Solidifying the second-team backcourt is reportedly a priority for Miami before the trade deadline.
The Miami Heat don't have much to fear in the Eastern Conference. Let's get that out of the way first.
At 27-8, they stand just 1.5 games behind the Indiana Pacers for the conference lead. Behind them are the 18-17 Atlanta Hawks. It's a two-horse race in the East, and Indy is the only obstacle standing in the way of a fourth consecutive NBA Finals appearance for Miami.
Despite their forecasted cakewalk to the Eastern Conference Finals, there are still holes Miami should like to fill come playoff time. According to a December report via ESPN, the team is seeking a bona fide insurance policy for Dwyane Wade in the backcourt, and—even though they've done a good job of proving this area irrelevant over the last two seasons—adding a rebounder certainly wouldn't hurt, either.
With the Pacers' core logging another season of cohesion together this year, and with Paul George emerging as the league's next top-flight superstar, the Heat should be prepared for a test even tougher than the two teams' seven-game bout last spring.
Ahead are some possible swaps that could make Miami a favorite to achieve the three-peat this June.
Miami Trades Shane Battier to Dallas for Vince Carter
As he's trekked into 35-and-over territory, Shane Battier's super-sub status has diminished a bit in his 13th pro season. He's actually started in 26 of his 31 games for Miami this year, but his field-goal percentage, three-point percentage and minutes have all dipped from his 2012-13 marks.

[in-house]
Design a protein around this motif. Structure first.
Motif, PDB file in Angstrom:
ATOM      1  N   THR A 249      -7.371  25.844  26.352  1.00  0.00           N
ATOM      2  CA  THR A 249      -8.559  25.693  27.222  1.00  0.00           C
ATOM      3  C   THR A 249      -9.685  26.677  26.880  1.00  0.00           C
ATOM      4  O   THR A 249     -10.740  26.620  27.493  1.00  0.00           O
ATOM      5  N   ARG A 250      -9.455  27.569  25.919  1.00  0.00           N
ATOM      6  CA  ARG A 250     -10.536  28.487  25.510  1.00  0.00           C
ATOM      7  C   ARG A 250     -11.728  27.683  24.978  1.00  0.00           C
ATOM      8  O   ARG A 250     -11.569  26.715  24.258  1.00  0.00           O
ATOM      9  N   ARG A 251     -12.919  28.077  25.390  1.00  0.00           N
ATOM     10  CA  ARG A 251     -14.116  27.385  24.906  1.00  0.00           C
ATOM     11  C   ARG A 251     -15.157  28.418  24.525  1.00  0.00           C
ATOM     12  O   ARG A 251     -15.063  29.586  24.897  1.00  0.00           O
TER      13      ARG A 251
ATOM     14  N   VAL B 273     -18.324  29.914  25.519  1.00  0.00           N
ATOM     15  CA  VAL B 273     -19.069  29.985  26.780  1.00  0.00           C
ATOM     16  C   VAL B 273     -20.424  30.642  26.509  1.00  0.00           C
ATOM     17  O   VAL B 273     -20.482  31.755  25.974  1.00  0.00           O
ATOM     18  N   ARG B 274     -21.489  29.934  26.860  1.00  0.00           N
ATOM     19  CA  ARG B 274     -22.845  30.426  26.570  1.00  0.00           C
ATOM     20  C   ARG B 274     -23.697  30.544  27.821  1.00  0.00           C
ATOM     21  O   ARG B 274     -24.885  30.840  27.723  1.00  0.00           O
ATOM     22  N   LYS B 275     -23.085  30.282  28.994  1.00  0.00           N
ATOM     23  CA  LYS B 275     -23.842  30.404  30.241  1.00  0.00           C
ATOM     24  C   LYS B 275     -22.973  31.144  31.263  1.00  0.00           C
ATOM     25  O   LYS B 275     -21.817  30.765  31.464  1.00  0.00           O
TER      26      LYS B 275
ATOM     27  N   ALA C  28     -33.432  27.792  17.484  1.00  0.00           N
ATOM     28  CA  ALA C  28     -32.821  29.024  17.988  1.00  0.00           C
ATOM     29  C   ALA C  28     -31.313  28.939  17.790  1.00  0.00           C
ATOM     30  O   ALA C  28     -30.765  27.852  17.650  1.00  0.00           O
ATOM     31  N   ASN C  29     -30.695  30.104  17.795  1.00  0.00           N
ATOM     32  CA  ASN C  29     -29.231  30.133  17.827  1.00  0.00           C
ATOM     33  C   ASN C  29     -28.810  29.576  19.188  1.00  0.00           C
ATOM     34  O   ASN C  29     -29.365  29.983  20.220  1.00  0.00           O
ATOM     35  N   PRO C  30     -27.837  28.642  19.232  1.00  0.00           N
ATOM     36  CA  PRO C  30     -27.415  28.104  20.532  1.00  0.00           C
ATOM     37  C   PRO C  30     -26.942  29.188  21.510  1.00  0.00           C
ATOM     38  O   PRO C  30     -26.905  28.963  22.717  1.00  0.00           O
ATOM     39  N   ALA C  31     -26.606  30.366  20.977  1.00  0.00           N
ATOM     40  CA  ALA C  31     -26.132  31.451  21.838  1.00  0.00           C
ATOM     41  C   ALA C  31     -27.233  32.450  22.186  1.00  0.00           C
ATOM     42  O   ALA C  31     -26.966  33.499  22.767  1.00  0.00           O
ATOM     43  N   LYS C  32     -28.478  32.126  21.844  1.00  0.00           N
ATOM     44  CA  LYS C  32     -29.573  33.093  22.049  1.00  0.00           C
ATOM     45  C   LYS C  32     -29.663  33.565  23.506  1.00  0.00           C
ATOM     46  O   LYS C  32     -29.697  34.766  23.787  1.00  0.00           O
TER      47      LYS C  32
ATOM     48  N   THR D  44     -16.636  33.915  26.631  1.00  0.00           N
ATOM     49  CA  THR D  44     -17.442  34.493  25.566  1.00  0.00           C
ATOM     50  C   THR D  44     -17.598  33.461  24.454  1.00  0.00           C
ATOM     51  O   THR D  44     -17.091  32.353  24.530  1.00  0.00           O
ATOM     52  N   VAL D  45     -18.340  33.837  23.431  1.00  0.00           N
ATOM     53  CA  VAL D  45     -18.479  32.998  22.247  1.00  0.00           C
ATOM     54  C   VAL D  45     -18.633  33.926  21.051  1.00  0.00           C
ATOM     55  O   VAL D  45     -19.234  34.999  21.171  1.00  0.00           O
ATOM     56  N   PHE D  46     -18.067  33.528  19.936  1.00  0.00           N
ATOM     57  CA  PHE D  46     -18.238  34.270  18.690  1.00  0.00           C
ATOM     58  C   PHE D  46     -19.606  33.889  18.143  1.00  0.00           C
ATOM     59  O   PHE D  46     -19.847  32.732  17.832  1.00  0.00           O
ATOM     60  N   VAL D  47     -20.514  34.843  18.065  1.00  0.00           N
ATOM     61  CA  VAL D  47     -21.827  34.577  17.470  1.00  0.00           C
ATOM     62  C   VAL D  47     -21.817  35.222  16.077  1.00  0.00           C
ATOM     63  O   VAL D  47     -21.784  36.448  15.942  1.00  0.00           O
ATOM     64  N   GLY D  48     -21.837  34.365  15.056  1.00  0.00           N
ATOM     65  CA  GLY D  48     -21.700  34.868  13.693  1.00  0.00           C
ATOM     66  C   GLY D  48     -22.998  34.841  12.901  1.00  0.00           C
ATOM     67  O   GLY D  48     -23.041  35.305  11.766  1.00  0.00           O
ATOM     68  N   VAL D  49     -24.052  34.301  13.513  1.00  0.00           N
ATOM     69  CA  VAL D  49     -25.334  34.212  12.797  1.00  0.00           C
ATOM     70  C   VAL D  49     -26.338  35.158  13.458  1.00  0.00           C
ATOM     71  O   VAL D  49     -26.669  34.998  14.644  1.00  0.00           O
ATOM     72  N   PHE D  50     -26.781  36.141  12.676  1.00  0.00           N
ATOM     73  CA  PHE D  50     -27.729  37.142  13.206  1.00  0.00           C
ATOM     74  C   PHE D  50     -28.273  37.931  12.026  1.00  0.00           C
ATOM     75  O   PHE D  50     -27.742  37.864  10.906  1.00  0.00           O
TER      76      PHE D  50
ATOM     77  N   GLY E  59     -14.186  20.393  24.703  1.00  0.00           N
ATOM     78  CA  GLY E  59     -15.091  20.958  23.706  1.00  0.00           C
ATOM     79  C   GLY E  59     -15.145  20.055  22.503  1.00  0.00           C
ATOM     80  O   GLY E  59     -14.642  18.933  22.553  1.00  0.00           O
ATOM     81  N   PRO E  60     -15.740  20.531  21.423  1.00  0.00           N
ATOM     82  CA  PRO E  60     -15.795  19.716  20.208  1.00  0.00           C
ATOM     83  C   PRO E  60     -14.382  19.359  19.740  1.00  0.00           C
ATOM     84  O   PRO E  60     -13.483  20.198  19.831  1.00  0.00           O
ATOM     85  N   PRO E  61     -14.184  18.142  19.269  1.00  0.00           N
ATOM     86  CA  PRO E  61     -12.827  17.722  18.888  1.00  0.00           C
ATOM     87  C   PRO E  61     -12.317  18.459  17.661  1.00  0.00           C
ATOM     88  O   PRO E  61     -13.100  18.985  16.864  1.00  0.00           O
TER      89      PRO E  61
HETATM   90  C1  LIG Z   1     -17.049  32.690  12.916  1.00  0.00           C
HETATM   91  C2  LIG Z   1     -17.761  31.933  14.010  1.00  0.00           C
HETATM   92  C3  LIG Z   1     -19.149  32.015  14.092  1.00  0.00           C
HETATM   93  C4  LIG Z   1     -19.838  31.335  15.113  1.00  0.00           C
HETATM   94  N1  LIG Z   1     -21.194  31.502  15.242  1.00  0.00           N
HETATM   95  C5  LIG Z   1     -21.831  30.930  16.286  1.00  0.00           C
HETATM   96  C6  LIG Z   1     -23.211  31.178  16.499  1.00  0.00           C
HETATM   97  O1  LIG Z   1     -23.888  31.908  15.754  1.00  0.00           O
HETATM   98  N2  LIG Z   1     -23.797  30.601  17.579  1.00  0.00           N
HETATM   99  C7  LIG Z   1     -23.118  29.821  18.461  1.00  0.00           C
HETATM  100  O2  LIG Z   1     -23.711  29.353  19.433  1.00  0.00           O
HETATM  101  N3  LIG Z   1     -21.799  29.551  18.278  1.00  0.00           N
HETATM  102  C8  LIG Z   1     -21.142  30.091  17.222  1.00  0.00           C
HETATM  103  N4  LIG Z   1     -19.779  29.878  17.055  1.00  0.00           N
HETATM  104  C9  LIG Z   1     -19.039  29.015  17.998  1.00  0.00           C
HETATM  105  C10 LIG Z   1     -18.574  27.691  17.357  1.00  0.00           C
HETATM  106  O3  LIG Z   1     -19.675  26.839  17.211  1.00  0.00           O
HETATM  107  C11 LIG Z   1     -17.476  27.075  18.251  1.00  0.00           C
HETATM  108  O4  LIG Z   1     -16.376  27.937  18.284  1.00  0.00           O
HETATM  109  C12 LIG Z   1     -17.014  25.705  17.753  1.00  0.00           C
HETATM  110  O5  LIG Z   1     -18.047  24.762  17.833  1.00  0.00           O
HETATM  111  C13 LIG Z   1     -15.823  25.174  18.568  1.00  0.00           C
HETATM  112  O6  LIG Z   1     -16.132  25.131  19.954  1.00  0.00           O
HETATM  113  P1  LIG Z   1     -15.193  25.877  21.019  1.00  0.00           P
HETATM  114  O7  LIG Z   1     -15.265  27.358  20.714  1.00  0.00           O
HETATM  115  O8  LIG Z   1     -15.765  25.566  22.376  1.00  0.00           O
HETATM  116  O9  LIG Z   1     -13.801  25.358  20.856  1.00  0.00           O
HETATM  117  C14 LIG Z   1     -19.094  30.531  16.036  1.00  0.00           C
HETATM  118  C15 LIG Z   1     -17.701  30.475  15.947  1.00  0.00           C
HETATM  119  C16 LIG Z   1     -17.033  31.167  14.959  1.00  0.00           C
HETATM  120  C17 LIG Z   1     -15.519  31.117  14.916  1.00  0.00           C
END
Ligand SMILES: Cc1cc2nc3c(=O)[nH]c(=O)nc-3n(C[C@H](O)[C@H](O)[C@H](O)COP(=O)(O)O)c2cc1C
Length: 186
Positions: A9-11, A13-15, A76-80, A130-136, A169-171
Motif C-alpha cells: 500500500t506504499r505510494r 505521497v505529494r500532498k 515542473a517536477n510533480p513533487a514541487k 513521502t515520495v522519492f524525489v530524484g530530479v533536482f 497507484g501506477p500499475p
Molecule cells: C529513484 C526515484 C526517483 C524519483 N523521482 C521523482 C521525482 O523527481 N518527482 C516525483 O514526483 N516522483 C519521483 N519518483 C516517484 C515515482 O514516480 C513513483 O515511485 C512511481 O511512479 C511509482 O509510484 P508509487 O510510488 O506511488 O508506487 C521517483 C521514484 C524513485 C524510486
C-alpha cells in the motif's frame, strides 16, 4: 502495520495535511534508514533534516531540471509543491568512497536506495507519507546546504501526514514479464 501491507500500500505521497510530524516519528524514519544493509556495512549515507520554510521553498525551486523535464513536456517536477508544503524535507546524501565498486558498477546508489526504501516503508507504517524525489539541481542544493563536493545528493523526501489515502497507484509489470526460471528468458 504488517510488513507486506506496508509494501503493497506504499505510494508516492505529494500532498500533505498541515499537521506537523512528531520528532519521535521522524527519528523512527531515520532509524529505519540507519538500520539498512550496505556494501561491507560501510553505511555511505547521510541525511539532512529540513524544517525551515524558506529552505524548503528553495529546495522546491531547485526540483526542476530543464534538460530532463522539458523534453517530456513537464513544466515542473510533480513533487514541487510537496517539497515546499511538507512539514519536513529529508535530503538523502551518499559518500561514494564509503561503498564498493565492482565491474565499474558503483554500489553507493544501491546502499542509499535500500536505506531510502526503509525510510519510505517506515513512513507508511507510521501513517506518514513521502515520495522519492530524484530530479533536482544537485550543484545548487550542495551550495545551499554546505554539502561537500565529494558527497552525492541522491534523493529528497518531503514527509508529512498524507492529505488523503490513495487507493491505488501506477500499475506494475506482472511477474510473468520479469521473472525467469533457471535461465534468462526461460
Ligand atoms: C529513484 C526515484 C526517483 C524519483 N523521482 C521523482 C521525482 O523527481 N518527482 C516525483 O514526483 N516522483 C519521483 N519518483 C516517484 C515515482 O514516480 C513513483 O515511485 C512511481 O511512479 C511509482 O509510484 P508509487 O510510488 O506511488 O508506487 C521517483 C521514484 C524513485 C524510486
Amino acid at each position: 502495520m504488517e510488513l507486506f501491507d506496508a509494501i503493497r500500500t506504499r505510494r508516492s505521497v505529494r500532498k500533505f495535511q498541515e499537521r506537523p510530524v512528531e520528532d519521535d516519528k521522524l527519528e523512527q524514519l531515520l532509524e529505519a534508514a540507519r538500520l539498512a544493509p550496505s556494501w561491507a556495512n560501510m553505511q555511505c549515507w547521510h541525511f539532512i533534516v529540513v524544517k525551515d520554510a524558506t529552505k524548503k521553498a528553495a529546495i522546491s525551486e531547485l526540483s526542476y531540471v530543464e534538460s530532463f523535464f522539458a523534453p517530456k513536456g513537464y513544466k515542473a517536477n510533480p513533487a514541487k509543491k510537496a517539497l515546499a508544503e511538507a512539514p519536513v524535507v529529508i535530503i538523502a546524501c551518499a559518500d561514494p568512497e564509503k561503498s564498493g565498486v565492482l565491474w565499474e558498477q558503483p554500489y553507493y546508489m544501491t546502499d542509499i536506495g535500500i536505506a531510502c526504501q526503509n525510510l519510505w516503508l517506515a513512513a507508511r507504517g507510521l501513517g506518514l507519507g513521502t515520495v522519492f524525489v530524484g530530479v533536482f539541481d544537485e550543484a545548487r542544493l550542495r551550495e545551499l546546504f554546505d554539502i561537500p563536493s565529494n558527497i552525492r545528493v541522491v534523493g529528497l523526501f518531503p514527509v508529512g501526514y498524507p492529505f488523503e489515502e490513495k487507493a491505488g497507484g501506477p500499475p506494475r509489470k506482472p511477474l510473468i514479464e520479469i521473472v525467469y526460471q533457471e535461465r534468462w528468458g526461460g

His patented pesky defending has remained mostly intact, as he's held his small forward matchups to a PER in the single digits, and an eFG% of below 49, according to 82games.com.
With Wade's health situation relatively grim, a reputable understudy at the 2, outside of 38-year-old Ray Allen, should be at the top of Miami's wish list heading into trading season. A potential swap with the Dallas Mavericks could help fill that void.
Vince Carter is another grizzled vet on an expiring $3 million salary. The contracts match almost identically, as do the respective teams' needs. A Battier-for-VC deal is one that could have legs.
Battier would directly fill Carter's position in the depth chart as Shawn Marion's backup and help address the team's hurting defense. Entering play Wednesday, Dallas ranked 19th in defensive efficiency. Carter, in particular, was permitting a 16.5 PER at the small forward slot, per 82games.
While Battier would help the Mavs' D, he'd be another piece that could space the floor on offense and act as a kick-out option for Monta Ellis and Dirk Nowitzki. Battier has shot a respectable 37 percent on catch-and-shoot threes this season, according to NBA.com.
With Miami, Carter would act as a reliable option with the ball in his hands while Wade and/or LeBron James rest, and a worthy secondary piece as well. Behind Ellis and Dirk, Carter is third on the team in usage. He wouldn't be asked for nearly as much behind LeBron, Wade and Bosh, and would be in a position to finally achieve that elusive championship ring.
Of Dallas' 50 most-used three-man lineups, the Carter-Jae Crowder-Shane Larkin combo is the second-most efficient. Of the Mavericks' five-man lineups that have logged at least 50 minutes together this season, Carter is a member of the most efficient group, per NBA.com.
Like Battier's, Carter's deal expires after season's end. A one-for-one swap between the two 2011 NBA Finals rivals could put each in a better position to reach that pinnacle again in 2014.
Miami Trades Roger Mason and Joel Anthony to San Antonio for Jeff Ayres and Cory Joseph
Desperate for some sort of help on the boards, Miami could also turn to the trade market to find a body that would help its 17th-ranked defensive rebounding percentage and dead-last offensive rebounding percentage.